Estonia’s main airport upgrades to cope with increasingly extreme weather —and counter the environmental effect of all the de-icing it has to do

Tallinn gets about a half metre of snow each month in winter. Its record low temperature is -32.2C. Climate change makes the weather in the Estonian capital, which is on the same latitude as St. Petersburg and Stockholm, increasingly unpredictable. This year the snow started early. “We’re not easily surprised here at Tallinn Airport. But snow already in October? That was a surprise,” muses Einari Bambus, the airport’s operations director.  By the beginning of this December tons of snow had been moved to dumps near the runways. Often it’s still melting in midsummer.

So when you’re waiting for take-off at the Estonian capital’s airport, you might be wondering: do airplanes need winter tyres?

Sugar and salt and everything anti-ice

“People tend to think the colder it gets, the more de-icing and de-snowing we have to do. That is not the case,” explains Bambus, who’s also a member of the board of Tallinn Airport. “The most critical weather for aircraft is actually when there is a lot of humidity, and the temperature is just below freezing point, between 0 and -5C.”


A girl on the Greensteds campus

Snowplows clearing the runway at Tallinn Airport in January 2016.

Such conditions are commonplace in the seaside city of Tallinn. It requires the airport to use a lot of chemicals to fight the sleet and the snow. Upgrading the drainage network to catch the chemicals in the de-icing pellets and liquids, creating a new snow dump area, and replacing the airside lighting system with LED lights that don’t heat up - and thus cause more ice to form on the runway – are all parts of the EUR 80 million upgrade project that the airport is currently undergoing. The European Investment Bank has loaned EUR 30 million toward this upgrade. That’s backed by the European Fund for Strategic Investments, which the Bank operates with its own funds and an EU budget guarantee as part of the Investment Plan for Europe.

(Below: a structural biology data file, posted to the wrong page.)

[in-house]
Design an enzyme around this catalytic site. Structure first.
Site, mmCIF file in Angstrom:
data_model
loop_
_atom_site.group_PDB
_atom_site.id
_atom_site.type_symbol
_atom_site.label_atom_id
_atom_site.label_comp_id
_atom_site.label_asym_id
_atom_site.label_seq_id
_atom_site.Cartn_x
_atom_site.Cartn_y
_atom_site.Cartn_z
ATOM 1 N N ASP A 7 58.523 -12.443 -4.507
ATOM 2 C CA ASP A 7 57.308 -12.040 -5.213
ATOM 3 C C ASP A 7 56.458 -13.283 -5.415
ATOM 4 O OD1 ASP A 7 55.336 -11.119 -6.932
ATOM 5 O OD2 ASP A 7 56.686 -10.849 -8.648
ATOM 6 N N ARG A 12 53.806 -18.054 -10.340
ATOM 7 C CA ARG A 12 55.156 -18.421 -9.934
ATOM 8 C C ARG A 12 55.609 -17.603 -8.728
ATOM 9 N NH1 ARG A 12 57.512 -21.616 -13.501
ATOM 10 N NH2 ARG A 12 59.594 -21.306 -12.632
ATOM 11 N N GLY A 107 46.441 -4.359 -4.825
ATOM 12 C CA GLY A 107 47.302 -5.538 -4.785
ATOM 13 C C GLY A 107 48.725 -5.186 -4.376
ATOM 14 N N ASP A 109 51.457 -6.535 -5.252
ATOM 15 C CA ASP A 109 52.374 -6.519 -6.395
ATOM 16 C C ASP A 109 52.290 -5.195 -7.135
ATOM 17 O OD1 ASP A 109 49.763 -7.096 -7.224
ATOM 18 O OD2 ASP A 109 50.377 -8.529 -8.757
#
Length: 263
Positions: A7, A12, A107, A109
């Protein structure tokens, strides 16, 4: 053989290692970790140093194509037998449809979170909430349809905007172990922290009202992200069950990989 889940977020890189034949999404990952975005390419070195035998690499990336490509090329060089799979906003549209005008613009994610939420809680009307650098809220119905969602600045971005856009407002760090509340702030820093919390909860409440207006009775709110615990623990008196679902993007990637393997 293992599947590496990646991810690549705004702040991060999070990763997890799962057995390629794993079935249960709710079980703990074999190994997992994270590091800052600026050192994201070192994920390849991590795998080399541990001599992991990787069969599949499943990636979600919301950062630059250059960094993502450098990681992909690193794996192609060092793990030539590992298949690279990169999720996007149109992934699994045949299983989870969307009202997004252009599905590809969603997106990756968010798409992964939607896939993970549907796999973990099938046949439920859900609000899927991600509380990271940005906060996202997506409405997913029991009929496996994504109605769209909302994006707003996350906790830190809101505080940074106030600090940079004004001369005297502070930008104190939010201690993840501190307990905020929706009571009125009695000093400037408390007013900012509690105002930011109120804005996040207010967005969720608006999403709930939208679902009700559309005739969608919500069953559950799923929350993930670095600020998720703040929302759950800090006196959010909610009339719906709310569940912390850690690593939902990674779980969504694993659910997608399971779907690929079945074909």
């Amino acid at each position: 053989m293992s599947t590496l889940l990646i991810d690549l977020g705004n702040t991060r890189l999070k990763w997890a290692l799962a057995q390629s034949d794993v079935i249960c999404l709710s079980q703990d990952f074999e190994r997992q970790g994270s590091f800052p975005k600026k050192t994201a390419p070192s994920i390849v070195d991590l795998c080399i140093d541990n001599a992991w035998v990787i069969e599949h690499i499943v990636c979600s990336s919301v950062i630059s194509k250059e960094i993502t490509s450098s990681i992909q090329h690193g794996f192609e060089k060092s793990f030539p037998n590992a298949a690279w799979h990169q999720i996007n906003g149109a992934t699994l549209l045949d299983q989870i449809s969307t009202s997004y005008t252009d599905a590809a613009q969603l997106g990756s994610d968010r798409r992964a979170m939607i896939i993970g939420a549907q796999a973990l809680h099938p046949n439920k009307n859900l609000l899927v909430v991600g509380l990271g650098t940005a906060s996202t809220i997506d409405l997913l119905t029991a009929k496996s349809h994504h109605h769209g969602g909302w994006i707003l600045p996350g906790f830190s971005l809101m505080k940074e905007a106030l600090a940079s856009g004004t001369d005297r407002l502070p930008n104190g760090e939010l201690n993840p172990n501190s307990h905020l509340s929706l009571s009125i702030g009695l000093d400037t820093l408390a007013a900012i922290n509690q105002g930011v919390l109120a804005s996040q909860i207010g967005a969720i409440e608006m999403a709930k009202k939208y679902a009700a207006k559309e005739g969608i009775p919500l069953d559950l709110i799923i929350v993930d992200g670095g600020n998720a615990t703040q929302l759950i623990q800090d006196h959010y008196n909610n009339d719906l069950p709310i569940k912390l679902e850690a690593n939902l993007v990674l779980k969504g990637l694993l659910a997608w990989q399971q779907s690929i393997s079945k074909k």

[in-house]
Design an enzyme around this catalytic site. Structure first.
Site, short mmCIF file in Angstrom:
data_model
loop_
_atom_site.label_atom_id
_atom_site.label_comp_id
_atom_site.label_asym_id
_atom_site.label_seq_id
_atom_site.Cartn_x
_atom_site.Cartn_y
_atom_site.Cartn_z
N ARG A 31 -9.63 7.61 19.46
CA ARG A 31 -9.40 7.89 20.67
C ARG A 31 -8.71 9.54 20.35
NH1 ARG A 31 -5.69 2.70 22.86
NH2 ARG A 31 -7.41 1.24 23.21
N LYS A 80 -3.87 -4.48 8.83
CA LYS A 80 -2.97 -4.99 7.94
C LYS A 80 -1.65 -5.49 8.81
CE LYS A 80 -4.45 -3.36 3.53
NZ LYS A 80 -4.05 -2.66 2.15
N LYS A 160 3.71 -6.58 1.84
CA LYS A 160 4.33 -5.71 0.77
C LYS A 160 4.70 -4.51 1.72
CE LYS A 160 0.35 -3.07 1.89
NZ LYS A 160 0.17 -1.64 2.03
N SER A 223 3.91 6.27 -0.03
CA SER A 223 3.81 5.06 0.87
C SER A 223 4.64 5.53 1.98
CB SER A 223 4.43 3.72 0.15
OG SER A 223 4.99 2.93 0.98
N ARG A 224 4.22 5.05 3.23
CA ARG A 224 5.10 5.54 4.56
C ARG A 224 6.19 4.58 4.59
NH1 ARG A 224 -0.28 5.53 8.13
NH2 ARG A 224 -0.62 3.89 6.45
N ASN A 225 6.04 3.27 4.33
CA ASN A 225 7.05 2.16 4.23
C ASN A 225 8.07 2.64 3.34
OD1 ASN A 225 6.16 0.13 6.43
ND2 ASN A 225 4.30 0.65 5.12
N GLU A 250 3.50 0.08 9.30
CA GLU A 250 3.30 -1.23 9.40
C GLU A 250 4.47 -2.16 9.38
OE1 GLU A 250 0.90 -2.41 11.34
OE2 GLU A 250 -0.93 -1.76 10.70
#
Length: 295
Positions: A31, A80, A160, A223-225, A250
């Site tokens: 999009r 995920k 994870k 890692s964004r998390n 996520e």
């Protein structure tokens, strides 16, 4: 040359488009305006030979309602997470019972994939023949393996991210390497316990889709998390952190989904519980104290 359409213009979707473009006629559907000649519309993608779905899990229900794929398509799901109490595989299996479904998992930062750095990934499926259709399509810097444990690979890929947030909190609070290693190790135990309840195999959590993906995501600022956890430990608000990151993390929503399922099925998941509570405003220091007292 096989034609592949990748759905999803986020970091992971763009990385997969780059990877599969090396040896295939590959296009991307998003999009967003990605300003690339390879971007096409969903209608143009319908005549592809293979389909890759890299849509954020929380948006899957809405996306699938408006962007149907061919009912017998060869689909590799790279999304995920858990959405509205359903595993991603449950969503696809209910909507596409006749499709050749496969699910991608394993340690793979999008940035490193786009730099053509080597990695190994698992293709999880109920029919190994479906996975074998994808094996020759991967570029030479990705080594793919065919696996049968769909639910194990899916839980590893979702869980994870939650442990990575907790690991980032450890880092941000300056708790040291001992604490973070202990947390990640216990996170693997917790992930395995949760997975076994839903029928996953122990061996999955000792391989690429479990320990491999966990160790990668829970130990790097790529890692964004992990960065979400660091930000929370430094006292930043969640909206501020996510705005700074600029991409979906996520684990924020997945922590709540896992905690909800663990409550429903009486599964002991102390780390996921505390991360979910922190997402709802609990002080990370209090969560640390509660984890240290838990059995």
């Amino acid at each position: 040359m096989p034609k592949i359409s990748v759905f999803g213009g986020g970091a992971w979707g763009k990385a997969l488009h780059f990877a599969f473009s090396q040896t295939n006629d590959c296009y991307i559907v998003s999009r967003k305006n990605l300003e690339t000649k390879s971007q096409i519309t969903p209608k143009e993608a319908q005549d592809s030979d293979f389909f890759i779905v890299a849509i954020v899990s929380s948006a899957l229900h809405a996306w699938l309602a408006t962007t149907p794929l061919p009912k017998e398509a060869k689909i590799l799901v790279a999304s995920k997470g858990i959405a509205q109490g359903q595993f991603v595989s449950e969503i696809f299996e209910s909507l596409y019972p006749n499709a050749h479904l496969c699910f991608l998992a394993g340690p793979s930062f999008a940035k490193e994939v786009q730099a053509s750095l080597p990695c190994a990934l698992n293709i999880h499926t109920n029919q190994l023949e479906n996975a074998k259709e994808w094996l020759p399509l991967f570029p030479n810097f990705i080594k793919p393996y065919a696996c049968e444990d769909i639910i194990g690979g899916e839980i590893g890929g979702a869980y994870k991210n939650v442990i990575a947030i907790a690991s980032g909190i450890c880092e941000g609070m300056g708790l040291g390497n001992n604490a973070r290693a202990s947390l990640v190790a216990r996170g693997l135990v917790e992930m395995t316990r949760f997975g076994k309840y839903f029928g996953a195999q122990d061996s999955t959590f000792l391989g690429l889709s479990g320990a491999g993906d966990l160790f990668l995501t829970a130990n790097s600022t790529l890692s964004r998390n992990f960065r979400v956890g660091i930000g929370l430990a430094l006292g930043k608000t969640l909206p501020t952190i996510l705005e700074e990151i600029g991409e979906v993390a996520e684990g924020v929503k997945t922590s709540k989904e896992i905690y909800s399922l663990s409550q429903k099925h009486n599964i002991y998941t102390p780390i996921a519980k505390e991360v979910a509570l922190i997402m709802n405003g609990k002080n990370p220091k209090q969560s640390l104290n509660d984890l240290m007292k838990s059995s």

While salt products have traditionally been used to de-ice roads and pavements, salt corrodes aeroplanes. Instead, surprisingly, sugar-based liquids – or rather by-products of sugar beet processing – are used to spray aircraft before take-off, so that the moving parts don’t freeze when the plane suddenly ascends into even lower-temperature air.

And they don’t need to scrape their windows either!

We might get by with a couple of litres of anti-freezing windshield wiper liquid in our cars all winter – in addition to the quickly accumulating hours those of us without garages spend scraping the ice each morning. But it can easily take 300 litres of de-icing solution to cover a plane just once.

After that - it’s a race against time.

The de-icing liquid works by lowering the freezing point of water. Depending on the amount used, it only works for 10-15 minutes. At Tallinn Airport, if the wind is blowing from the west, it may easily be 5-7 minutes until the plane reaches the beginning of the runway. If another aircraft arriving late and delays take-off, the ice situation gets critical. Then the plane has to be sprayed again. It’s an expensive process—with an environmental impact.

This is why the airport’s planned improvements also include the capacity to do the de-icing right before the runway, not just at the gate.

“It is key that a Nordic airport like Tallinn applies the best available technology to collect and treat the majority of aircraft deicing fluids used,” says Elena Campelo, EIB air, maritime and innovative transport division engineer. “By doing this, they will ensure adequate groundwater protection against the infiltration of melting snow and de-icing products, and make possible the treatment and monitoring of that water.”

Other investments include reconstruction of the existing runway, an extension of the passenger terminal, and the renewal of fire and rescue equipment.

The project aims to improve environmental and safety performance, alleviating congestion at the main gateway to Estonia, and accommodating future growth in traffic. It will be able to handle 3.4 million passengers each year, up from the current 2.2 million, says Thomas Schmidt, EIB’s loan officer for Estonia.

More passengers usually means more planes. So the airport must make sure it can clear snow and de-ice as efficiently as possible, and in line with environmental considerations, to keep planes continuously taking off and landing.